1. Yeah, I did have one about wearing slippers or insulated boots, but I figured that was too obvious to need pointing out. On the other hand, it’s always hard to know how much people know. Some of these suburbanites just beginning to fall on hard times might be pretty clueless.

  2. Great suggestions! We had solar panels on our house for some 10 years now, and they have helped us keep the house cool during the hot summer and fall months, as well as provide us with electricity. Of course, for the cold spells, we still crank up the gas-powered heating system. My joints can’t take 50-degree nights anymore.

    1. Yeah, I’m sure I won’t be able to keep the house quite this cold as I get older, but we’ll see. At some point, I may have to dip into savings and get a modern, less-polluting and more efficient woodstove than the leaky and dangerous old thing I have now.

  3. Cool home or meat locker, Dave?

    If temperature drops below 66 during the day, my fingers stiffen unless wrapped around the hottest tea mug I can bear. Fingerless gloves are a possibility, but I may experiment first with a muff.

    I can endorse the benefits of a lively dog, who demands to be chased from room to room once an hour. Warning: heat-generation and productivity may prove mutually exclusive.

    Night is flannel sheets and pjs, socks and my guilty secret:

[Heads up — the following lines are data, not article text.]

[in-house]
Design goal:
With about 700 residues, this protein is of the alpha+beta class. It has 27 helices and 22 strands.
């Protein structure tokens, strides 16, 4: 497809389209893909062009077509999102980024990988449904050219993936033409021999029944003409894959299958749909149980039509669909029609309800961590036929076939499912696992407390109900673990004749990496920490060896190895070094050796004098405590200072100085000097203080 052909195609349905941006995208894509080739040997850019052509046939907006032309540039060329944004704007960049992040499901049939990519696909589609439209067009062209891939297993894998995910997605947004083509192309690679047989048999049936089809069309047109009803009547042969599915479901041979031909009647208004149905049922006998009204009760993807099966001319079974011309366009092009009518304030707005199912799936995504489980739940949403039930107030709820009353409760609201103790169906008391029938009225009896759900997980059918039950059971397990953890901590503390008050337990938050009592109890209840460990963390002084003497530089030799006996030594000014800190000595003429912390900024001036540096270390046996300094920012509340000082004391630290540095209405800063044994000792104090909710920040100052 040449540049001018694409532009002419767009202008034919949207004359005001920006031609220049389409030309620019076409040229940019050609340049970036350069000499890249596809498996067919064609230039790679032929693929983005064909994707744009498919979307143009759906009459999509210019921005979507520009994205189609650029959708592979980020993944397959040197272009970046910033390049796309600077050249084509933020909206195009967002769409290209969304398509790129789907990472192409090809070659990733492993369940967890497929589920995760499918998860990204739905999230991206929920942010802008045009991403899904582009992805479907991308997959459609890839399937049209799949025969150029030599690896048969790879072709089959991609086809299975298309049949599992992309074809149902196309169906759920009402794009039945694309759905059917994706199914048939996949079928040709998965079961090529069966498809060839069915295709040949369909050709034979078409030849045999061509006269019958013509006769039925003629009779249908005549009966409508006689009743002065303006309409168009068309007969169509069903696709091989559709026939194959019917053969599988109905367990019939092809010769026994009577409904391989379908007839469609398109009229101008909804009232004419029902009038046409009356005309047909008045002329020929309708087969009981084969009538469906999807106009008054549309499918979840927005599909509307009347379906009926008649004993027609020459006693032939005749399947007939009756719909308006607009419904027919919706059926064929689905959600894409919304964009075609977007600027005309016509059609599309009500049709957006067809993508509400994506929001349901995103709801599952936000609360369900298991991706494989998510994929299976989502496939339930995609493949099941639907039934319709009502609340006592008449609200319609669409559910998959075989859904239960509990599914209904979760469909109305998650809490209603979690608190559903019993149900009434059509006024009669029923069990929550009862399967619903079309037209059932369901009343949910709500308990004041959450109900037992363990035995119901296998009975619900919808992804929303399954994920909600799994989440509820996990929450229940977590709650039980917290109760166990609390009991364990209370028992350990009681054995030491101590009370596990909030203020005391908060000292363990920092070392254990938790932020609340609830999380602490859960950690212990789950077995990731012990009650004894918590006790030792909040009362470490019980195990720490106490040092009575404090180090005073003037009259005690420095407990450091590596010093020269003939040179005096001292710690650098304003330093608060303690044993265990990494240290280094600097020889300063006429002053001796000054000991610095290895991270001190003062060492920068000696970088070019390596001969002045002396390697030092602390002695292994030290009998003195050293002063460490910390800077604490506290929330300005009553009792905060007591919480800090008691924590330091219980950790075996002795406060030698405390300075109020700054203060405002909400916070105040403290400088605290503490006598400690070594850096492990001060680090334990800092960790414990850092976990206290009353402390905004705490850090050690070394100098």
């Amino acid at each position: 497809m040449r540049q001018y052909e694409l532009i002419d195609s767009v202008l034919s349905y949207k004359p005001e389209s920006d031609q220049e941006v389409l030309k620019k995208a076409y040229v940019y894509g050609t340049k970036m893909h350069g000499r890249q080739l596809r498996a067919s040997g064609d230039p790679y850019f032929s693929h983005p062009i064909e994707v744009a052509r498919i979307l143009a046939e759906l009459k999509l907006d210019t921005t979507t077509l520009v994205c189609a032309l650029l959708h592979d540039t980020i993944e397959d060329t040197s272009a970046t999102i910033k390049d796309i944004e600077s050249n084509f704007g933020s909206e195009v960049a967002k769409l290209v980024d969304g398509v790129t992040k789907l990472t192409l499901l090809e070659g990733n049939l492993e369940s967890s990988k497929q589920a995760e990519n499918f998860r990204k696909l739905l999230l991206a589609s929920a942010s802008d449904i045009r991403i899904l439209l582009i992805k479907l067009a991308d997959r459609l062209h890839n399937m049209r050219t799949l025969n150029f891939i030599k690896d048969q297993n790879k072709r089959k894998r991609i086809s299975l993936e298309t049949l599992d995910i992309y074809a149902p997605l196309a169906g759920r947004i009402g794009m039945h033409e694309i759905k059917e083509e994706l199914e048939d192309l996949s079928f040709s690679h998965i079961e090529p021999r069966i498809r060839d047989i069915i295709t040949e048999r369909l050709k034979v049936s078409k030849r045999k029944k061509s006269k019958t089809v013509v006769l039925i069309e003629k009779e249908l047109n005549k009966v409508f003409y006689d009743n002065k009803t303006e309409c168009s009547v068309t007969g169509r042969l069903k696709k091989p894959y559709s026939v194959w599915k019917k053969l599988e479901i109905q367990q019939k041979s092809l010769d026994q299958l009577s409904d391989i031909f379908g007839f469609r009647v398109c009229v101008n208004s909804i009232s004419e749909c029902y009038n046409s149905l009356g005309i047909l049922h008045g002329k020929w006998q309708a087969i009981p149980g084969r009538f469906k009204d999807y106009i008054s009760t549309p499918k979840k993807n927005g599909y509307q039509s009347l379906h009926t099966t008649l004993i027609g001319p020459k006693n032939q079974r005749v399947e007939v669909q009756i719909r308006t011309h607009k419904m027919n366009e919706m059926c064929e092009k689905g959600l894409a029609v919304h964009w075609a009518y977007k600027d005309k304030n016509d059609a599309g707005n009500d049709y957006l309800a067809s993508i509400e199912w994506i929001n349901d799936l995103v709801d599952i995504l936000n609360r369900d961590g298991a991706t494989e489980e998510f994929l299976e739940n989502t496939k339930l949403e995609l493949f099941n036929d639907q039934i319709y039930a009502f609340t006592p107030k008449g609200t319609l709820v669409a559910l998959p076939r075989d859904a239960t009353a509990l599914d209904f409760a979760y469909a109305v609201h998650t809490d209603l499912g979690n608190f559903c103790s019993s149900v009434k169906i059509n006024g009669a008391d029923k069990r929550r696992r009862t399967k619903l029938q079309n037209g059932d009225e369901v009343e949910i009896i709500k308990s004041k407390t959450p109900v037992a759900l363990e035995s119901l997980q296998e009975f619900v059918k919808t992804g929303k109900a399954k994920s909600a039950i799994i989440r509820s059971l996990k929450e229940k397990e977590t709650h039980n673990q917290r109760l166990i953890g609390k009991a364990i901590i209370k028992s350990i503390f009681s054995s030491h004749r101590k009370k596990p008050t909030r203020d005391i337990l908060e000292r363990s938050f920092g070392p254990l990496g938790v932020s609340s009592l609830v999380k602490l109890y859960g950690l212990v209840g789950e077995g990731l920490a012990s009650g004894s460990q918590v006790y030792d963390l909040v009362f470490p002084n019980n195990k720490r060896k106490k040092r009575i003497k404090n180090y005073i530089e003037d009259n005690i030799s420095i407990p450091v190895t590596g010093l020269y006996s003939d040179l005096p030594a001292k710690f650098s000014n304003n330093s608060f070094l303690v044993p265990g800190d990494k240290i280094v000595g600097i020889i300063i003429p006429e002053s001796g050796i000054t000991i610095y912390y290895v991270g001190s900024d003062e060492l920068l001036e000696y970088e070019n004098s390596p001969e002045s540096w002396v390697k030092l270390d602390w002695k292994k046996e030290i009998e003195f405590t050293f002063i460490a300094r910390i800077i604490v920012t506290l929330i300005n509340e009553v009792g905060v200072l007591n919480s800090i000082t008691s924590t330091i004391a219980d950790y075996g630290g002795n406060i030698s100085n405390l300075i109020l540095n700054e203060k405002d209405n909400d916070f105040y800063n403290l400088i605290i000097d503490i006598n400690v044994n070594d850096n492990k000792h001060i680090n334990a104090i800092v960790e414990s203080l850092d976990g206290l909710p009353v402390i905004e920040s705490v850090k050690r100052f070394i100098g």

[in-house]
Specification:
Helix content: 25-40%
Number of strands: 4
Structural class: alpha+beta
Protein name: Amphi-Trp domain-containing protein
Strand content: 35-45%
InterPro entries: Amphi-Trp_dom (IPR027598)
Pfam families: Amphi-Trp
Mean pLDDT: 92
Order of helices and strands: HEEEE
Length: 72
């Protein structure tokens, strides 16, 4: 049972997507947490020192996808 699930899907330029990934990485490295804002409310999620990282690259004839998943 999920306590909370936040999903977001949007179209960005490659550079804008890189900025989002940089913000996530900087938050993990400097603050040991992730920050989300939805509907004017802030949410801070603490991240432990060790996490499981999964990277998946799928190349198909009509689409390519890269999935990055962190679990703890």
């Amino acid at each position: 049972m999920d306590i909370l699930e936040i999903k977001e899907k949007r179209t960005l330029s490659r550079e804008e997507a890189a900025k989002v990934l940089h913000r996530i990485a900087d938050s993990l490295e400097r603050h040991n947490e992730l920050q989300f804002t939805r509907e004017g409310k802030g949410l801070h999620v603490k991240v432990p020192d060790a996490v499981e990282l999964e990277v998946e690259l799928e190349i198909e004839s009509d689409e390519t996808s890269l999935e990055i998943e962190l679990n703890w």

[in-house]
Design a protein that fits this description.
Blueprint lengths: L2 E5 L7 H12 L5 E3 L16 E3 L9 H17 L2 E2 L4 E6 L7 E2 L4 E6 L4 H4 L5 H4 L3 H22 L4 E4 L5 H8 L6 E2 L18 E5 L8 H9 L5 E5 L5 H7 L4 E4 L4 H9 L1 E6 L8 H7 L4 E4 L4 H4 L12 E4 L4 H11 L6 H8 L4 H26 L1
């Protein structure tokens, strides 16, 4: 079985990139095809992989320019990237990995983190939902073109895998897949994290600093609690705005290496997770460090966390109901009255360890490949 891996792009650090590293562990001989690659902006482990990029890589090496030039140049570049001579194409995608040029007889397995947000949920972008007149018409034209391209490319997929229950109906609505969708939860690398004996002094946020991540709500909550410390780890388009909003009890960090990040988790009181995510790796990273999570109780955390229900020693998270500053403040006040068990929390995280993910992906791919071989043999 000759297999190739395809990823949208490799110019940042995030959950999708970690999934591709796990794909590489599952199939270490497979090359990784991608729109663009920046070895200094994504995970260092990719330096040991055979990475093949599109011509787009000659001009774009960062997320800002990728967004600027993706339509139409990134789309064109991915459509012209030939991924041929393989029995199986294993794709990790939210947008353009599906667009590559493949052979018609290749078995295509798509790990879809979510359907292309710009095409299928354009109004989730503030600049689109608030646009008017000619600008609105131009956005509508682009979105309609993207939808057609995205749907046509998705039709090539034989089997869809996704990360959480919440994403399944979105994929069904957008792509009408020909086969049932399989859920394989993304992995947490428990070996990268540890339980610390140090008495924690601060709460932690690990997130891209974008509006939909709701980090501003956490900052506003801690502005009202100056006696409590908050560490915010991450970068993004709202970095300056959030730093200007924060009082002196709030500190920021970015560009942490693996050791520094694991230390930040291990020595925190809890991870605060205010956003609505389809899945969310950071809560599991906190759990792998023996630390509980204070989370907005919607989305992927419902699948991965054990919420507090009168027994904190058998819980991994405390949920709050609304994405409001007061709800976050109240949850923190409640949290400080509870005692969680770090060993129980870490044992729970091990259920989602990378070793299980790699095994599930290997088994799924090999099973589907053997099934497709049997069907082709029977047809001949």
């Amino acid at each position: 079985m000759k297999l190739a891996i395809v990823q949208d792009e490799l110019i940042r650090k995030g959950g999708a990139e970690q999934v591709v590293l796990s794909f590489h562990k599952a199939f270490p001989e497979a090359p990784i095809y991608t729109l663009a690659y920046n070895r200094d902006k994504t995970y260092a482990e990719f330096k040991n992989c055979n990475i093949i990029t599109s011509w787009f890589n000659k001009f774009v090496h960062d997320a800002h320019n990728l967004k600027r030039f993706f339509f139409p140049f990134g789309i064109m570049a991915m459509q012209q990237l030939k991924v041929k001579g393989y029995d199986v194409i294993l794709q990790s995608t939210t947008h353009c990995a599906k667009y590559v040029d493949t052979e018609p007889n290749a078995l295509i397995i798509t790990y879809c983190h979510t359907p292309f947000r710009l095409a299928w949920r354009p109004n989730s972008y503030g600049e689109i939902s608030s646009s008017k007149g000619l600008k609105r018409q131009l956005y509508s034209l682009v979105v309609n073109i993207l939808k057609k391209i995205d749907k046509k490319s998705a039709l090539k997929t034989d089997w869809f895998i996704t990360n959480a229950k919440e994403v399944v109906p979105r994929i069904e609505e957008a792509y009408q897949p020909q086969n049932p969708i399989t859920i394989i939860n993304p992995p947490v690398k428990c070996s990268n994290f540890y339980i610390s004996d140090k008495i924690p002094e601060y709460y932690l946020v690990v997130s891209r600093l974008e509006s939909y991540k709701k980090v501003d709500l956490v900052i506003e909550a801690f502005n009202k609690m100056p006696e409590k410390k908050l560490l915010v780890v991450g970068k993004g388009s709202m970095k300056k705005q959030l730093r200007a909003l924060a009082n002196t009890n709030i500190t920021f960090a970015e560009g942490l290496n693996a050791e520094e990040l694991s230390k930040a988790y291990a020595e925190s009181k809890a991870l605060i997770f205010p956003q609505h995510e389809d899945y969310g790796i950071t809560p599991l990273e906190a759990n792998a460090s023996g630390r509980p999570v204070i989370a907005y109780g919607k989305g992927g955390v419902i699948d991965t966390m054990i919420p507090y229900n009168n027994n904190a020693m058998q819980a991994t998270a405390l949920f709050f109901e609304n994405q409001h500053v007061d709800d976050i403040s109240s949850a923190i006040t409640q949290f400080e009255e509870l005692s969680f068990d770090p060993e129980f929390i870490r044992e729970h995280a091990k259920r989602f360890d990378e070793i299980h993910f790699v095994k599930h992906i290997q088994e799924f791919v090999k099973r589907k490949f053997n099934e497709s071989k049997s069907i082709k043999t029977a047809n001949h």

Admittedly this solution works only for immobile sleepers, and is the saddest admission re social life. But even one round of chilbained toes can recast shameful as necessary.

    1. Actually, I find it quite tolerable, Julia, though I admit I do have my masochistic tendencies. I’m aware that people have wildly different physical tolerances based on body mass index, circulation, joints, and other conditions, which is why I didn’t try to prescribe any particular thermostat setting. I mentioned my own simply because I see references to a 65-degree setting as the utmost sacrifice one can reasonably be expected to make, and I simply don’t buy that.

      I am actually very jealous of your sleeping bag, though I would use it for camping only. My present mummy sack really isn’t much use below 20 degrees unless I remain fully dressed. Obviously there’s no shame in singleness as far as I’m concerned.

      1. My guys sometimes sleep on the back porch in the dead of upstate winter in their fabulous mummies. Not for me. This Southern mummy stays in her flannel sheets and fleece pajamas and socks. With cats.

        I think we should bring back the hot water bottle for Wodehousian pranks. Or maybe the hot brick.

          1. Thank you, yes, I am normal but surrounded by strange men and boy (or man and boys?) It is assuredly not my fault, and I would never sleep out on the porch in winter. There was one year when they slept out every month of the year for at least a few days. I think that was something to do with Scouts. And also, they made ice caves.

  4. Besides the electric blanket, which functions as a bed warmer even in the daytime as I turn it on when I’m cold to read or whatever, I’ve taken to wrapping my legs in an old down sleeping bag and holding an equally old heating pad on low on my lap. Last year I splurged with some gift money and bought a really thick thigh long Peruvian wool sweater coat that I wear all winter long. Fairly old sheepskin slippers are essential too. No hats, though! If it gets that cold, on with the heat! (Electric heat here, building constructed in early 80s when *they* thought electric was the way to go.) At night I turn the heat off completely.